The Port of Vancouver shut the door Tuesday on courting bulk fossil fuel terminals, nearly 17 months after Gov. Jay Inslee rejected plans to build a huge crude oil terminal on port property.
By a 2-1 vote, port commissioners approved a policy that states: “The port chooses not to pursue new bulk fossil fuel terminals on port-owned industrial property.”
Community activists heralded the decision as a win for embracing community safety and livability and for fighting global climate change on the local level.
“It’s a big step in the right direction,” Don Steinke, a retired high school science teacher, said after Tuesday’s decision. “What I would like this to do is to inspire other jurisdictions to take similar stands.”
Commissioner Jerry Oliver, who cast the lone dissenting vote Tuesday, hinted that he doesn’t believe the widely accepted scientific connection between climate change and greenhouse gases emitted by burning coal, oil and other fossil fuels.
To underscore that point, Oliver recount how he read “The Population Bomb” decades ago. The 1968 book, written by Stanford University Professor Paul Ehrlich, erroneously predicted hundreds of millions of people would die from starvation in the 1970s due to overpopulation.
Oliver said he has “never denied global warming” but believes it’s due to a different cause. He also cautioned not to “judge circumstances as a causation.”
Environmentalists still got most of what they asked for during Tuesday’s meeting. After hearing testimony from more than 30 people, most of whom advocated a strong policy against fossil fuel terminals, port commissioners agreed to two significant wording changes.
First, they removed the words “for international export” from the policy. Environmentalists said including those words could lead to a bulk fossil fuel terminal as long as its shipments went to domestic destinations.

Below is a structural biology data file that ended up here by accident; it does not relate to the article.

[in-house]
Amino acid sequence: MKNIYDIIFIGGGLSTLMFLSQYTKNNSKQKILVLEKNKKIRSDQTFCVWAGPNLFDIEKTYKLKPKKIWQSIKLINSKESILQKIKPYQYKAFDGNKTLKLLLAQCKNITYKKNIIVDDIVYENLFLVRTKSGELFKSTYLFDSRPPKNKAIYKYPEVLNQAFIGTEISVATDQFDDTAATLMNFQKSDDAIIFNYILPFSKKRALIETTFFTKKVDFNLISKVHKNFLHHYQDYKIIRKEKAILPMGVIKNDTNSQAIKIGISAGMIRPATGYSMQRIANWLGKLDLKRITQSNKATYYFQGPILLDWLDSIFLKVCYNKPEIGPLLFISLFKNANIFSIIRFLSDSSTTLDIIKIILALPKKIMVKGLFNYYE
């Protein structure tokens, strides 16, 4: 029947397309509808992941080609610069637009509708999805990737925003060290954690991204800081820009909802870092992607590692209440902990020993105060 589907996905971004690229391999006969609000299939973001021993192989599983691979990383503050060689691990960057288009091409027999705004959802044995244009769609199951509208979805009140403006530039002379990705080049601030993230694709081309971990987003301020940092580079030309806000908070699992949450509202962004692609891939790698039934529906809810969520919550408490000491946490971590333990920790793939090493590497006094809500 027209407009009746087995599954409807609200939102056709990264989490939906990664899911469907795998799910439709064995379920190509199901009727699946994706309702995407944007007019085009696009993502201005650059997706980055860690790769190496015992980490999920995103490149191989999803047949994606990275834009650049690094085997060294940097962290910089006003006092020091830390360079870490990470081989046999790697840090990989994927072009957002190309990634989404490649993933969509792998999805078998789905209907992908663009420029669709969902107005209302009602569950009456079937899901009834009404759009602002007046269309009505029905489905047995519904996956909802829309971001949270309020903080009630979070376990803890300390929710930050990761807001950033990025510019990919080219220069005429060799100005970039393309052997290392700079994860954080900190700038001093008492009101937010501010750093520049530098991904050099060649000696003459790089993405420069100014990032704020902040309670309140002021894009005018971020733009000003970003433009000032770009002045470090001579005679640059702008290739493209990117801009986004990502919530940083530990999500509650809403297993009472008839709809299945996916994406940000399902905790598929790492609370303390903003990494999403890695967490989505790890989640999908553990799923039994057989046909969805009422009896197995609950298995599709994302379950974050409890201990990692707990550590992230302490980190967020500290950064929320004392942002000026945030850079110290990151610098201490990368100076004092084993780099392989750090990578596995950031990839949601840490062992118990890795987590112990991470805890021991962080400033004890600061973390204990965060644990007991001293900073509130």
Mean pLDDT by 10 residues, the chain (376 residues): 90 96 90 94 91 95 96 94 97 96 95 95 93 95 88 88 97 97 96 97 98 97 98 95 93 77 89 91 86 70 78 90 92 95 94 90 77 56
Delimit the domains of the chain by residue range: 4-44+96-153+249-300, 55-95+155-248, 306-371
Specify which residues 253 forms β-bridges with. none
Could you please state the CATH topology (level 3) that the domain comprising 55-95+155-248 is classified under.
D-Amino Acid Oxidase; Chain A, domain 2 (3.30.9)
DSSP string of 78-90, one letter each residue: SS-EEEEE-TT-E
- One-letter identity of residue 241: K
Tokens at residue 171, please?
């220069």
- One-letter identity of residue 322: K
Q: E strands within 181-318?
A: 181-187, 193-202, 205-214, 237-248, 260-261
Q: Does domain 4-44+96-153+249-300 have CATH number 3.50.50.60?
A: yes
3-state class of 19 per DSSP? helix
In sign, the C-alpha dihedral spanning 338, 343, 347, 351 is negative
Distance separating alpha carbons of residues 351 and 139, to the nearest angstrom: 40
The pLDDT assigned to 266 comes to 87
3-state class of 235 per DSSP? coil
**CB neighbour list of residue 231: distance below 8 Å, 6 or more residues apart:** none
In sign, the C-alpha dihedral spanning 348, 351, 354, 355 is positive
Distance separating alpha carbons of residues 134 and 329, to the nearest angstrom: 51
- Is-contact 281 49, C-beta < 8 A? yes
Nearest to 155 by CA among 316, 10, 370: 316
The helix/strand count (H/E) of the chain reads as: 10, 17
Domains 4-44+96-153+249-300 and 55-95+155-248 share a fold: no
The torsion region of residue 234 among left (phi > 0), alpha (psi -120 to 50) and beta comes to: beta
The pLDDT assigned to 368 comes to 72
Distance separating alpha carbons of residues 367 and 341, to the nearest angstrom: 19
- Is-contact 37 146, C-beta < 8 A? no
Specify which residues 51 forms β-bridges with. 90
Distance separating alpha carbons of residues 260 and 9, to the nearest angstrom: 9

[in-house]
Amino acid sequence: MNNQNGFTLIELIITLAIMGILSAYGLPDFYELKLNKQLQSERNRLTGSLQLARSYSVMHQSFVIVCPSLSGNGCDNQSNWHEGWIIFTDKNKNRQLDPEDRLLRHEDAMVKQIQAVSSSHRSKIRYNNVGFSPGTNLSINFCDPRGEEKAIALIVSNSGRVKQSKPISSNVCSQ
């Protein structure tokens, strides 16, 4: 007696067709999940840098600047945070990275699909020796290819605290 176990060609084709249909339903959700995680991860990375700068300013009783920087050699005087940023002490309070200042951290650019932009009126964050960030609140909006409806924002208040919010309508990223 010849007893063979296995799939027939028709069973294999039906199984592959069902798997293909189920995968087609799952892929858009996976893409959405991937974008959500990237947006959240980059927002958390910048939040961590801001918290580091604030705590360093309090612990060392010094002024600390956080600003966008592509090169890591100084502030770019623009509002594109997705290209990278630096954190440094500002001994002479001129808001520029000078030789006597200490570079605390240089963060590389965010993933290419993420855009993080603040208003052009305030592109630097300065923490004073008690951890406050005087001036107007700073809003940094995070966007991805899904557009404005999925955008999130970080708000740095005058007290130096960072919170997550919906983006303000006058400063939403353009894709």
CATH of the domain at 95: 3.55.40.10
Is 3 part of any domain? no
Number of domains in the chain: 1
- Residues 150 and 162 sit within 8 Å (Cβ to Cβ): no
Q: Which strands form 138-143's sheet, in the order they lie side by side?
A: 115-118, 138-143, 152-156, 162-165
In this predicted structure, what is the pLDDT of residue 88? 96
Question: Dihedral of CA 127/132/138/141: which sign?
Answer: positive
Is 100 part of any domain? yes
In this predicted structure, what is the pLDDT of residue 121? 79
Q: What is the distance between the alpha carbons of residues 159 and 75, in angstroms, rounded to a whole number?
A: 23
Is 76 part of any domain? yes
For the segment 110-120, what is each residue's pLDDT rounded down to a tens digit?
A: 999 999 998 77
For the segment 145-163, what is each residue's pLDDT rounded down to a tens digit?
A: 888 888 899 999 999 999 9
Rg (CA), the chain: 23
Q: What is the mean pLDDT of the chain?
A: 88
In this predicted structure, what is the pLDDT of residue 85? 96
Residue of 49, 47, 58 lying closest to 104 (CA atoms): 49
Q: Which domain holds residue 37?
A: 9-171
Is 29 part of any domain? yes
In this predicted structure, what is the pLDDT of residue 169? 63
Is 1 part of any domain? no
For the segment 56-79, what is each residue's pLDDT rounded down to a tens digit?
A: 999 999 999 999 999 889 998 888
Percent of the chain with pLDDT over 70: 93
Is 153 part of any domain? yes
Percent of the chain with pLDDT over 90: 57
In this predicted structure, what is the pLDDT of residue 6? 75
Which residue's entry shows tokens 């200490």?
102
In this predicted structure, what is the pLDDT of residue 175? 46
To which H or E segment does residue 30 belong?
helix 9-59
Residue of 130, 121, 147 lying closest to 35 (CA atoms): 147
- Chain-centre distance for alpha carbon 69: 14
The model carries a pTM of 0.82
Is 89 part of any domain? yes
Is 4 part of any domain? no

Second, commissioners removed “current” from draft language that referred to “current port-owned industrial property.” Environmentalists worried including that word would allow the port to site a fossil fuel terminal on property acquired in the future.
Environmentalists wanted stronger language in the section regarding existing port tenants. They fear a repeat of what happened in Portland, where Zenith Energy has turned a small asphalt plant into a major oil terminal near the Willamette River.
Commissioner Don Orange appeared ready to add policy language to guard against that possibility on port property. Commissioner Eric LaBrant opted not to tinker with language that says tenants seeking to expand or change their permitted uses must go through port and other regulatory processes.
“I would not want to see us impinge on those,” LaBrant said. “I would prefer we not make any additional changes to that section.”
Orange also questioned if the policy needed to define fossil fuels to include liquefied natural gas and liquefied petroleum gas, but LaBrant opted to stick with no definitions.
“It’s really easy to get off into the weeds with naming conventions,” he said.
Tuesday’s decision could be an epilogue to the bitter fight over the rejected Tesoro-Savage joint venture, which would have brought up to 360,000 barrels of highly flammable Bakken crude oil a day to Vancouver by rail.
A future port commission always could reverse the policy adopted Tuesday. That seems unlikely given the level of community opposition and that Orange and LaBrant won elections based largely on their opposition to the subsequently rejected Vancouver Energy oil terminal.
Oliver, the one holdover from the commission that pursued the project, opted not to run for a third six-year term this year. He will be replaced in 2020 by Jack Burkman or Dan Barnes, the two candidates who filed for election to the nonpartisan office. Both men attended Tuesday’s meeting.